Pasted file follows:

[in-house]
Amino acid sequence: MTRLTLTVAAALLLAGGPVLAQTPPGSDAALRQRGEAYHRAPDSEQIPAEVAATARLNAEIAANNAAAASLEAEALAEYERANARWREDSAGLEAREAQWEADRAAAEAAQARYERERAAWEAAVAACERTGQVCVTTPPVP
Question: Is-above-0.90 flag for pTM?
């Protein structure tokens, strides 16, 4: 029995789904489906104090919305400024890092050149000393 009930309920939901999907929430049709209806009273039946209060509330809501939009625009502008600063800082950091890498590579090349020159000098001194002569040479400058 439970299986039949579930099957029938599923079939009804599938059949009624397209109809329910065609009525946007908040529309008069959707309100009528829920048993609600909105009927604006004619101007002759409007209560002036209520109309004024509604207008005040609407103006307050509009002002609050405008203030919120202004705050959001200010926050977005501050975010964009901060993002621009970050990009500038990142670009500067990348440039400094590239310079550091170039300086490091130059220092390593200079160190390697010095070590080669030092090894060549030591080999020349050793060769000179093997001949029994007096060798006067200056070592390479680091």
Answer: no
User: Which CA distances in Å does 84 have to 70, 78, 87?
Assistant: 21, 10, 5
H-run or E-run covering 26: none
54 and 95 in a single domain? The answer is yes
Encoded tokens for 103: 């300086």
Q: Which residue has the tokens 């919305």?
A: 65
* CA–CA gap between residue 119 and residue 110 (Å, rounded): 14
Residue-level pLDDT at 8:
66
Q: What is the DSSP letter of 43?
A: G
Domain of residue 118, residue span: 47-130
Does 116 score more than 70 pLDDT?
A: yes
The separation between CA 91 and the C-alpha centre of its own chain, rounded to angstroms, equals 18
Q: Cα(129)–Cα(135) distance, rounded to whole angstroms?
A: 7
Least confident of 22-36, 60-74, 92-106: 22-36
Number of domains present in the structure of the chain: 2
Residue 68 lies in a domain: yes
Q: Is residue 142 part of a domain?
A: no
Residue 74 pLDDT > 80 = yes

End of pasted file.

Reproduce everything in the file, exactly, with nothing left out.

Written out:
[in-house]
Amino acid sequence: MTRLTLTVAAALLLAGGPVLAQTPPGSDAALRQRGEAYHRAPDSEQIPAEVAATARLNAEIAANNAAAASLEAEALAEYERANARWREDSAGLEAREAQWEADRAAAEAAQARYERERAAWEAAVAACERTGQVCVTTPPVP
Question: Is-above-0.90 flag for pTM?
């Protein structure tokens, strides 16, 4: 029995789904489906104090919305400024890092050149000393 009930309920939901999907929430049709209806009273039946209060509330809501939009625009502008600063800082950091890498590579090349020159000098001194002569040479400058 439970299986039949579930099957029938599923079939009804599938059949009624397209109809329910065609009525946007908040529309008069959707309100009528829920048993609600909105009927604006004619101007002759409007209560002036209520109309004024509604207008005040609407103006307050509009002002609050405008203030919120202004705050959001200010926050977005501050975010964009901060993002621009970050990009500038990142670009500067990348440039400094590239310079550091170039300086490091130059220092390593200079160190390697010095070590080669030092090894060549030591080999020349050793060769000179093997001949029994007096060798006067200056070592390479680091």
Answer: no
User: Which CA distances in Å does 84 have to 70, 78, 87?
Assistant: 21, 10, 5
H-run or E-run covering 26: none
54 and 95 in a single domain? The answer is yes
Encoded tokens for 103: 């300086």
Q: Which residue has the tokens 């919305």?
A: 65
* CA–CA gap between residue 119 and residue 110 (Å, rounded): 14
Residue-level pLDDT at 8:
66
Q: What is the DSSP letter of 43?
A: G
Domain of residue 118, residue span: 47-130
Does 116 score more than 70 pLDDT?
A: yes
The separation between CA 91 and the C-alpha centre of its own chain, rounded to angstroms, equals 18
Q: Cα(129)–Cα(135) distance, rounded to whole angstroms?
A: 7
Least confident of 22-36, 60-74, 92-106: 22-36
Number of domains present in the structure of the chain: 2
Residue 68 lies in a domain: yes
Q: Is residue 142 part of a domain?
A: no
Residue 74 pLDDT > 80 = yes